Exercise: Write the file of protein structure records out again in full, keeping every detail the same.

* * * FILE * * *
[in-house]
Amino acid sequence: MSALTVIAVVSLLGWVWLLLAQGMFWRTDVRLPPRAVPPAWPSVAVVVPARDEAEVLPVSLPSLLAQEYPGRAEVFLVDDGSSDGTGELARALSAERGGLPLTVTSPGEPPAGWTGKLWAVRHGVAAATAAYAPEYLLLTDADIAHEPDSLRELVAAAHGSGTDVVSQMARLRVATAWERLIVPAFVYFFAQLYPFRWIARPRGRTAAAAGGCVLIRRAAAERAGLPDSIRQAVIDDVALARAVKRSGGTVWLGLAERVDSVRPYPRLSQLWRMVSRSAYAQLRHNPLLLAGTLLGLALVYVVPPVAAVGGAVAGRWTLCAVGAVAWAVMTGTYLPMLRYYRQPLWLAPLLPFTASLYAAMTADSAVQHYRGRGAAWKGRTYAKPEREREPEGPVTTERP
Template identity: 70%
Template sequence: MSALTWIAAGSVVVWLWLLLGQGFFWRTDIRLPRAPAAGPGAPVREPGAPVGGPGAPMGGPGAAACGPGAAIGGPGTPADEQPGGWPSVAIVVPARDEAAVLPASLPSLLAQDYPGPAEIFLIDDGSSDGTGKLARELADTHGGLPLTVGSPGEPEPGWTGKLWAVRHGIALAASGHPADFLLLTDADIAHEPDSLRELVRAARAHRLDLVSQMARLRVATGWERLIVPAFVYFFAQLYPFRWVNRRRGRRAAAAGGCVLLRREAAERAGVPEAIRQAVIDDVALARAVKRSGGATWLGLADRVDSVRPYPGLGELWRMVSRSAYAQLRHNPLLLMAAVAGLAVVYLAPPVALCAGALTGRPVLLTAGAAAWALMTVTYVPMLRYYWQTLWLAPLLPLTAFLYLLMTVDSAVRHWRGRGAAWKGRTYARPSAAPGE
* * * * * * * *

[in-house]
Amino acid sequence: MSALTVIAVVSLLGWVWLLLAQGMFWRTDVRLPPRAVPPAWPSVAVVVPARDEAEVLPVSLPSLLAQEYPGRAEVFLVDDGSSDGTGELARALSAERGGLPLTVTSPGEPPAGWTGKLWAVRHGVAAATAAYAPEYLLLTDADIAHEPDSLRELVAAAHGSGTDVVSQMARLRVATAWERLIVPAFVYFFAQLYPFRWIARPRGRTAAAAGGCVLIRRAAAERAGLPDSIRQAVIDDVALARAVKRSGGTVWLGLAERVDSVRPYPRLSQLWRMVSRSAYAQLRHNPLLLAGTLLGLALVYVVPPVAAVGGAVAGRWTLCAVGAVAWAVMTGTYLPMLRYYRQPLWLAPLLPFTASLYAAMTADSAVQHYRGRGAAWKGRTYAKPEREREPEGPVTTERP
Template identity: 70%
Template sequence: MSALTWIAAGSVVVWLWLLLGQGFFWRTDIRLPRAPAAGPGAPVREPGAPVGGPGAPMGGPGAAACGPGAAIGGPGTPADEQPGGWPSVAIVVPARDEAAVLPASLPSLLAQDYPGPAEIFLIDDGSSDGTGKLARELADTHGGLPLTVGSPGEPEPGWTGKLWAVRHGIALAASGHPADFLLLTDADIAHEPDSLRELVRAARAHRLDLVSQMARLRVATGWERLIVPAFVYFFAQLYPFRWVNRRRGRRAAAAGGCVLLRREAAERAGVPEAIRQAVIDDVALARAVKRSGGATWLGLADRVDSVRPYPGLGELWRMVSRSAYAQLRHNPLLLMAAVAGLAVVYLAPPVALCAGALTGRPVLLTAGAAAWALMTVTYVPMLRYYWQTLWLAPLLPLTAFLYLLMTVDSAVRHWRGRGAAWKGRTYARPSAAPGE